Shortly after Jessica Lynch’s convoy got lost in the area, The Washington Post described Nasiriyah as a “Turkey Shoot” on US soldiers. “Iraqis mounting the attacks appear to be a mix of Saddam’s Fedayeen, a paramilitary group loyal to President Saddam Hussein, and regular army soldiers,” wrote Post reporter Peter Baker. “Marine officers said they have found bodies of regular Iraqi army soldiers with gunshots to the head, an indication, they believe, that the Fedayeen or Republican Guard commanders have been forcing soldiers to fight and killing those who do not.”

Republican Guards reportedly stayed around long enough to instigate fights between Marines and local civilians, then were quick to retreat once the fighting started. In early April, US Brig. Gen. Vincent Brooks claimed that civilians around Nasiriyah, “are now helping U.S. special forces find troops loyal to Saddam.”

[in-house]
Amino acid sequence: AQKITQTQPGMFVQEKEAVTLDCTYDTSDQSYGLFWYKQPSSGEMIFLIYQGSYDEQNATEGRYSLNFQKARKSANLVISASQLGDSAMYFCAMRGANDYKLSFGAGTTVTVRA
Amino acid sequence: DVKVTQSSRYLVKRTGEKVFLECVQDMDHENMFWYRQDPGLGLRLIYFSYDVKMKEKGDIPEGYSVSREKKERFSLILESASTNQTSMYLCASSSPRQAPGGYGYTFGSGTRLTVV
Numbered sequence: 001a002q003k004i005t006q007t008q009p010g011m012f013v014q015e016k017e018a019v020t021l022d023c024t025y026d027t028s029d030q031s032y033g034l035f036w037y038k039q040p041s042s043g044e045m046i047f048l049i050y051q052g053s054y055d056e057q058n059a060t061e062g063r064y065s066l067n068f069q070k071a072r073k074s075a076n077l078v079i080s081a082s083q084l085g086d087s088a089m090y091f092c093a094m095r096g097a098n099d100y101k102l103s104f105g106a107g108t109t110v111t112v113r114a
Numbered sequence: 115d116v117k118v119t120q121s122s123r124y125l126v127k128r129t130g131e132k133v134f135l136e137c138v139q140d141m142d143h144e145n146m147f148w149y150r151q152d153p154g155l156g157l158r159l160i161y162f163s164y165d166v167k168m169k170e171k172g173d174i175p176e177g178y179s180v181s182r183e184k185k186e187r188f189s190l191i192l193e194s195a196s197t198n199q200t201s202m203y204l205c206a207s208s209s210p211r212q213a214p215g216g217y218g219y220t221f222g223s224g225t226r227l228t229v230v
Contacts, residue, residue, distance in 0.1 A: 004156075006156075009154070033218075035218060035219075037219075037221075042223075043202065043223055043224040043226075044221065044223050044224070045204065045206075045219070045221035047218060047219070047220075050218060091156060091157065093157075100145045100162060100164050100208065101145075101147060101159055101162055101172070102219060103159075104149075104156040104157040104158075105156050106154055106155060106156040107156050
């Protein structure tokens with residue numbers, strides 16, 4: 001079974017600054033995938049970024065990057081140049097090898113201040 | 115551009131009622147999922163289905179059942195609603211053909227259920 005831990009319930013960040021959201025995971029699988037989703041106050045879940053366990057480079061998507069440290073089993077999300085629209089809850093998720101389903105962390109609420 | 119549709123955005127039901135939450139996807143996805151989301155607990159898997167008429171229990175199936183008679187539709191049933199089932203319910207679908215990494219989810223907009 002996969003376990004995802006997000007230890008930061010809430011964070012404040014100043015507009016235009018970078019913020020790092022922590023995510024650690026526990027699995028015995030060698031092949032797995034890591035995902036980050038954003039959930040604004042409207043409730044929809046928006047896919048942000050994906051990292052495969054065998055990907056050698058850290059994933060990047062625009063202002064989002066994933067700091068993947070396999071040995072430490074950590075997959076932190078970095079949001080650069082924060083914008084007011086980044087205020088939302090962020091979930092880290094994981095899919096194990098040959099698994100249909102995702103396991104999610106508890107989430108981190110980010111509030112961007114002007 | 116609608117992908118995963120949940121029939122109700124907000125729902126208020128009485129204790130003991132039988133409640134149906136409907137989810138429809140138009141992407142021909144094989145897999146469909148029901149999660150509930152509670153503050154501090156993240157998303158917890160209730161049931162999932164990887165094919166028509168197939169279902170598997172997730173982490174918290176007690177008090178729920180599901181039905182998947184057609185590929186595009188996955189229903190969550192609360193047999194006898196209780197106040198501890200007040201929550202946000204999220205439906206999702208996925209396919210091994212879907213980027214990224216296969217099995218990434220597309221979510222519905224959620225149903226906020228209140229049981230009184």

So the occupation has been devastating to the civilians of Nasiriyah, but so has the resistance. In November, 2003, says Iraq Body Count, children were among the victims killed in a car bomb outside the headquarters of the Italian military police headquarters. And in March of 2004, four police were killed, “rescuing civilians held by militia.” Deaths in Nasiriyah, it seems, have come from at least three sides.

In late February, 2004, when an armory in Nasiriyah was apparently broken into, it exploded, killing perhaps 60 people, according to the Iraq Resistance Report.

With this on-the-ground, in-the-ditch experience of death, it is understandable why the FWCUI declares: “We completely reject the turning of workers’ and civilians’ work and living places into reactionary war-fronts between the two poles of terrorism in Iraq; the US and their allies from one side, and the terrorists in the armed militias, well known for their enmity to Iraqi people’s interests, from the other.”

Whatever hope that anti-occupation, anti-imperialist partisans may project onto news reports about armed resistance in Iraq, there are people in Nasiriyah who reportedly see only more war and death. Concludes the FWCUI statement on Nasiriyah: “We will confront the attempts of these militias aiming at disturbing the security and stability of the population, and curtail their attempts to push society into civil war and further destruction and pain.”